Some residents are calling Reefton’s boil water notice “ridiculous” with even local councillors saying the water is safe to drink. The notice has been in place for two years despite the fact there’s been no detection of E. coli in that time.
The town has been plagued by various water issues over the years and like many places around the country the ageing infrastructure is the main cause of the problems.
Buller District Councillor and Inangahua Community Board chairman John Bougen says locals have become used to it. “All of our water infrastructure here is at least 80 years old. It's been patched and mended and sort of fixed up over the years but the basic infrastructure was shot”.
The precautionary boil water notice, put in place in 2020, means residents are advised to boil or filter their water before consuming it.
Bougen says while he often boils the water, most people in town don’t bother. “I can assure you that there's barely a local in town that hasn't been drinking from the tap over the last two years”.
When Q+A visited the town the vast majority of residents said they no longer boil their water, or never did in the first place. One resident, who didn’t want to be identified, said she was immunocompromised so boiled the water as she couldn’t afford to get sick. She questioned why she was paying full rates when for the last few years she hasn’t been able to get a glass of water out of her own tap.
For businesses though, it’s a different story. Health and safety rules for those who deal with food and beverages means they often aren’t able to use the water from the tap. One business said they’re using bottled water to wash dishes and make bread.
Dawson’s Hotel has bottled water in the room for guests and at the restaurant too. Co-owner Helen McKenzie says each large water container costs $7.50 so it adds up.
“We are buying in a lot of water for our guests. So we order approximately between six and 10, 10 litre containers of water a week”.
McKenzie questioned why the precautionary boil water notice is still in place. “I think it's a little ridiculous really… I think if we've got clear readings we should be able to allow people to drink out of our taps”.
Prior to 2020 there had been a number of E. coli detections over the years which meant the town would be on a temporary boil water notice until it was resolved. Following a detection of E. coli in early 2020 the precautionary boil water notice was put in place indefinitely.
The water is tested weekly at multiple sites around town and since the initial detection there’s been no E. coli in the water.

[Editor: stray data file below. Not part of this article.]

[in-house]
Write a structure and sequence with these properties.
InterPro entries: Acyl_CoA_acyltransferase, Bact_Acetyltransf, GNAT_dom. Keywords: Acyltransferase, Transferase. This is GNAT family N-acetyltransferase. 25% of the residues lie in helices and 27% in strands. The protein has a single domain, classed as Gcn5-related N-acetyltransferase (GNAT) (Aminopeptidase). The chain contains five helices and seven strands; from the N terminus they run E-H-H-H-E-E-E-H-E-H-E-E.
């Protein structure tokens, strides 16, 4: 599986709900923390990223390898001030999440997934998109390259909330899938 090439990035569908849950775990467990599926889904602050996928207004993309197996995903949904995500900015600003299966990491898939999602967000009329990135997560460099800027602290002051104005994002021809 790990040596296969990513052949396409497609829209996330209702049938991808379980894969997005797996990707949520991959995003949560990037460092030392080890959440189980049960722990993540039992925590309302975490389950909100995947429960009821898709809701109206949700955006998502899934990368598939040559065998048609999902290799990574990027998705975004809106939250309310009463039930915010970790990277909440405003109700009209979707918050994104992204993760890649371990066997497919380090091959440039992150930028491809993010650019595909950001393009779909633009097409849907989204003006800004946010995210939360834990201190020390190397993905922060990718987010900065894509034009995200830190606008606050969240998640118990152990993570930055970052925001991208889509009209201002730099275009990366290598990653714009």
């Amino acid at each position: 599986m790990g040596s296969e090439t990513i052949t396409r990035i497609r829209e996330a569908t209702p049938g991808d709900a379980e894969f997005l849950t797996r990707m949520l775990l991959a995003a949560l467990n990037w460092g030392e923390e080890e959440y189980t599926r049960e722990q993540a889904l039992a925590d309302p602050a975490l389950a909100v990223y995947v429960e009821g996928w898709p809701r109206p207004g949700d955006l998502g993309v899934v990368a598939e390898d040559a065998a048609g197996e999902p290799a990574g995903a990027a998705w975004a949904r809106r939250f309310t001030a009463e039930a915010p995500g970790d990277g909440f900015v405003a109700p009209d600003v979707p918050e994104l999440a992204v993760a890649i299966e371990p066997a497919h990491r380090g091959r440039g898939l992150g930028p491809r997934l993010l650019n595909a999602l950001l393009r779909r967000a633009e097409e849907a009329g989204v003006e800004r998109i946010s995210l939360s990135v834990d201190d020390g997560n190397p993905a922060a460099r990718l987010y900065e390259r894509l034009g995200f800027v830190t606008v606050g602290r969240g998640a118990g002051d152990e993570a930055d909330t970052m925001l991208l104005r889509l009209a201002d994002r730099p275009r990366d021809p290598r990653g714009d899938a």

Buller District Councillor Dave Hawes says he believes the notice should be lifted and the water is safe to drink. “Absolutely because the testing shows there's no E. coli in the water. So I can categorically hand on heart say that the water is safe to drink in Reefton. It's ludicrous to say otherwise.”
Over the last two years $1.44 million has been put towards upgrading the town’s most pressing water infrastructure issues. But despite that it’s unlikely the notice will be lifted until the water is chlorinated, something locals are strongly against.
The Government’s new water regulator is Taumata Arowai which in November took over from the Ministry of Health as part of the Thee Waters reforms. Head of regulatory Ray McMillan says prolonged boil water notices, like in Reefton, aren’t ideal.
“That's one of the reasons we can sympathise or empathise with consumers that have or are under current permanent boil water notices. That you do become a bit conditioned to the risk. It's a hassle to always boil your water before you drink it. and that's why we see them as effective short term solutions but they are problematic long term.”
McMillan doesn’t think the situation in Reefton is out of step with the rest of the country. “I think it's probably a similar story across the motu. In that you have, you have quite significant investment needed to upgrade or to maintain and install drinking water infrastructure and maybe a small base to spread that out”.
Buller Council said it’s approaching Three Waters with optimism but still waiting more detail. Buller District Mayor Jamie Cleine says “It is important we consider the reforms on merit and in context of other regulatory changes already in play. It is clear that meeting the expectations of the regulator in the Buller context will become unaffordable unless a new funding mechanism is considered. Three Waters Reform as proposed by the government is one option, however there are alternatives that could be explored.”